Controversial gene-edited Chinese twins at risk of early death

Controversial gene-edited twin sisters are at a greater risk of death in later life after ‘monstrous’ experiment by disgraced Chinese scientist He Jiankui, study warns

  • Dr He tried to give ‘Lulu’ and ‘Nana’ two copies of the CCR5-Δ32 gene mutation 
  • Dr He’s justification for the experiment was to confer the embryos HIV immunity 
  • The CCR5-Δ32 mutation is common among Northern European populations 
  • Experts studied more than 400,000 DNA and other records from the UK Biobank
  • People with two mutations had a 21% higher death rate between ages 41 and 78 

The genetic mutation introduced into two babies by a Chinese scientist in 2018 may be associated with a 21 per cent higher chance of early death in later life.

Controversial scientist He Jiankui’s justification for his experiment was to confer HIV immunity to the embryos to avoid infection from the father, who is HIV positive.

Dr He reported using CRISPR-Cas9 technology to edit the human CCR5 gene in an attempt to artificially replicate a natural mutation, called ‘CCR5-Δ32’. 

However, this mutation had previously been linked to an increased susceptibility to certain diseases such as influenza.

As the CCR5 gene codes for a protein involved in many body functions, researchers say that there could be many different possible reasons for the risk of early death.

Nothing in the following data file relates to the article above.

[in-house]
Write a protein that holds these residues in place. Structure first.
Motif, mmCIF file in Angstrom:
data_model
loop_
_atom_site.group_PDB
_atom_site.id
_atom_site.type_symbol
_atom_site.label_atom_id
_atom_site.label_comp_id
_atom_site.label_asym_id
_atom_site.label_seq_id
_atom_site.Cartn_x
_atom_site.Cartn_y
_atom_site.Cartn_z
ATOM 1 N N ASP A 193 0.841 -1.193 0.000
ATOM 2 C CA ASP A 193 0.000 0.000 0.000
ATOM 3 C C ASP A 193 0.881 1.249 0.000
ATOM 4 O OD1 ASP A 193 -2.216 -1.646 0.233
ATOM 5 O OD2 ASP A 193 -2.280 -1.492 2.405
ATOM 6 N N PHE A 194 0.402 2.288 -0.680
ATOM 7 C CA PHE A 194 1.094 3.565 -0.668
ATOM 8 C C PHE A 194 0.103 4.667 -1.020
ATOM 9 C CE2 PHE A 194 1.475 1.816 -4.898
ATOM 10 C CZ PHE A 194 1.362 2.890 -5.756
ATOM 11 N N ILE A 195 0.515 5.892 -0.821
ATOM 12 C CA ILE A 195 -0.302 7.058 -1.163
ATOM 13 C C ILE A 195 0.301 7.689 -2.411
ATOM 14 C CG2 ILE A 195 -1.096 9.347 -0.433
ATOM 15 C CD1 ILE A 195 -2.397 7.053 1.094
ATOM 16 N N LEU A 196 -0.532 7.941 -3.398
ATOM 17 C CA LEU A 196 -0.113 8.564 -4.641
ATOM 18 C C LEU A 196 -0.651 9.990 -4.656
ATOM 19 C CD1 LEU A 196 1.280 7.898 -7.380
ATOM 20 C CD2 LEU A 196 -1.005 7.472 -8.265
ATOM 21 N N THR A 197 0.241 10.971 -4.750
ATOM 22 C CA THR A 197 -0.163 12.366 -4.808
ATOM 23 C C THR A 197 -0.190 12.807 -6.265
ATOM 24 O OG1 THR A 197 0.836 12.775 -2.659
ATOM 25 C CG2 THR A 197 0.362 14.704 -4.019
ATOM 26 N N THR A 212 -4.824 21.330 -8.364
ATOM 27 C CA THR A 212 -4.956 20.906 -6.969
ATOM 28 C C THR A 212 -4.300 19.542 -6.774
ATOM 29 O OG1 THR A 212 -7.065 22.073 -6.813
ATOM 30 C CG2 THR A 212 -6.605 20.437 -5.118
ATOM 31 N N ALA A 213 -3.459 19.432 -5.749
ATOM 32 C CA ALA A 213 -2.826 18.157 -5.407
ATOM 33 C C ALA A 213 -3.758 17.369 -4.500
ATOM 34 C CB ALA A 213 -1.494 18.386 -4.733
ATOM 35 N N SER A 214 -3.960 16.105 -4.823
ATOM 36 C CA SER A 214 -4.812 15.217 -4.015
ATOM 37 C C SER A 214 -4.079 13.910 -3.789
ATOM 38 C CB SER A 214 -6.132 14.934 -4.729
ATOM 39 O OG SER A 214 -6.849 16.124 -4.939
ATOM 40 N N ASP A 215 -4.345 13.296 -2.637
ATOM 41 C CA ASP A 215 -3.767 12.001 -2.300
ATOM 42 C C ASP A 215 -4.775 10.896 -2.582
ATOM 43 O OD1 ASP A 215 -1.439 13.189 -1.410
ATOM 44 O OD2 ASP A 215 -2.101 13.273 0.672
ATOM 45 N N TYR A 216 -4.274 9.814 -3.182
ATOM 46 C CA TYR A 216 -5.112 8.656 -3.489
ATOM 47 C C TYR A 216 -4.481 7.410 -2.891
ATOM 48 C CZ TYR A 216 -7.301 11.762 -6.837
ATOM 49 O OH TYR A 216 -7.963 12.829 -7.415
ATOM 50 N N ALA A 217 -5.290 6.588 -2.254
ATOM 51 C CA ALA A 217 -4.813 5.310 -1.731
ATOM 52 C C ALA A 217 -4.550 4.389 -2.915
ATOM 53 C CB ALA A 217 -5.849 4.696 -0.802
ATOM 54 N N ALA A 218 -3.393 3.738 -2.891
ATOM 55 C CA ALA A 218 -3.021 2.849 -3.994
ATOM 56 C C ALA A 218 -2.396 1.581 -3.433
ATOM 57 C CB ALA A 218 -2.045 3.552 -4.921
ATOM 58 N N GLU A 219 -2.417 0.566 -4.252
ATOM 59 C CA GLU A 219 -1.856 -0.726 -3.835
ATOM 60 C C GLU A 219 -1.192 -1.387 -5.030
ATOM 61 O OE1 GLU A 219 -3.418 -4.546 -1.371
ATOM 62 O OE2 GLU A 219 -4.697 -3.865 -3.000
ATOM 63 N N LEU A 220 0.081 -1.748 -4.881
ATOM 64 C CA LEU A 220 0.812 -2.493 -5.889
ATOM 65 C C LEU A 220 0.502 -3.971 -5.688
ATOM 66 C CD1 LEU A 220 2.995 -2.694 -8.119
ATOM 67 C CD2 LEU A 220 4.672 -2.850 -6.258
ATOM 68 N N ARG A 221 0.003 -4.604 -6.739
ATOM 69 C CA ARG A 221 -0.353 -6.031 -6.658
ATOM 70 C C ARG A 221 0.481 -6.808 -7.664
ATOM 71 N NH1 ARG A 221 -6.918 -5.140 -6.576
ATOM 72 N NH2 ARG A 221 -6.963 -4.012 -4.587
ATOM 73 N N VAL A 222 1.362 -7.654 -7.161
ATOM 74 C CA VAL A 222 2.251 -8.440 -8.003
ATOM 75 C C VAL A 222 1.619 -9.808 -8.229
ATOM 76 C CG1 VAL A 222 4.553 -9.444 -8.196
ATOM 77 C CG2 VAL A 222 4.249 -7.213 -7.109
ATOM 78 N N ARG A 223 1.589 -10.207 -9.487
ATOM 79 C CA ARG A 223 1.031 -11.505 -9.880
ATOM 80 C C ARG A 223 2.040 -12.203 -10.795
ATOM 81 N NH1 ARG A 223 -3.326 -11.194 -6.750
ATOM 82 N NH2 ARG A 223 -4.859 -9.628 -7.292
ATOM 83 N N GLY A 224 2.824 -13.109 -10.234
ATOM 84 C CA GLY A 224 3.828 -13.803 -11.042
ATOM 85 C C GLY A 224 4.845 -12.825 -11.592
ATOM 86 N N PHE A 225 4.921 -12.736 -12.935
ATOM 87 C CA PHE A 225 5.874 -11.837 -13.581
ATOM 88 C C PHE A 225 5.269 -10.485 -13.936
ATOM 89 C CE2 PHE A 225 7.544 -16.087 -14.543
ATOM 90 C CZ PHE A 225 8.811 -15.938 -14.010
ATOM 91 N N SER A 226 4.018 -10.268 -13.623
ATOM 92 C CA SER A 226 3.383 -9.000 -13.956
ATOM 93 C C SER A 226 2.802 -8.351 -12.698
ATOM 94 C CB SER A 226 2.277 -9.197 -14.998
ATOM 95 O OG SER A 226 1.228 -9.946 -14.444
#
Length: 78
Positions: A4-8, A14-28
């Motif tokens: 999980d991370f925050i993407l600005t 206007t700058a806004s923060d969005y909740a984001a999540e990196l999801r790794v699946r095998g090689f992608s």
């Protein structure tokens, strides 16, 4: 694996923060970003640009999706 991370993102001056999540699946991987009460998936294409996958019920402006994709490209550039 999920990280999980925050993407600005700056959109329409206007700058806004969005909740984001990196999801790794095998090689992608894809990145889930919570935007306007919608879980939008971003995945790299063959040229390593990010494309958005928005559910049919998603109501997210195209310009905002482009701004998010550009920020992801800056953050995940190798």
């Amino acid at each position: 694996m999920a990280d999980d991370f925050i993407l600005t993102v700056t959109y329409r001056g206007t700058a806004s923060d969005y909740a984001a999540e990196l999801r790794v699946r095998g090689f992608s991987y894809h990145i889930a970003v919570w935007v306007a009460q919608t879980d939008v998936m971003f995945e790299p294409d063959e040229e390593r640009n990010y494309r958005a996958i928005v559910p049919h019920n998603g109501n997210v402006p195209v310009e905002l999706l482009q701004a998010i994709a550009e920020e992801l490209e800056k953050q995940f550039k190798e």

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The genetic mutation introduced into two babies by Chinese scientist He Jiankui (pictured) in 2018 may be associated with a 21 per cent higher chance of early death in later life, researchers say (file photo)

Biologists Xinzhu ‘April’ Wei and Rasmus Nielsen of the University of California, Berkeley, analysed more than 400,000 human genomes and their associated health records from the UK Biobank, a British medical database.

They found that individuals that had two copies of the CCR5-Δ32 mutation had a 21 per cent higher death rate between the ages of 41 and 78 than those with only one of no copies of the mutation.

In addition, fewer people with two of the mutations had enrolled in the UK Biobank database than was expected, suggesting that they had died at a higher rate than the general population.

‘Beyond the many ethical issues involved with the CRISPR babies, the fact is that, right now, […] it is still very dangerous to try to introduce mutations without knowing the full effect of what those mutations do,” said Professor Nielsen.

‘In this case, it is probably not a mutation that most people would want to have.’

‘You are actually, on average, worse off having it.’

‘Both the proportions before enrolment and the survivorship after enrolment tell the same story,’ Professor Nielsen added. 

‘You have lower survivability — or higher mortality — if you have two copies of the mutation,” he said.

‘There is simply a deficiency of individuals with two copies.’

Previous studies had linked possession of two copies of the CCR5-Δ32 mutation with a four-fold increase in the rate of death following influenza infection.

It is possible, therefore, that the higher mortality rate identified by the researchers is associate with ‘flu-related deaths.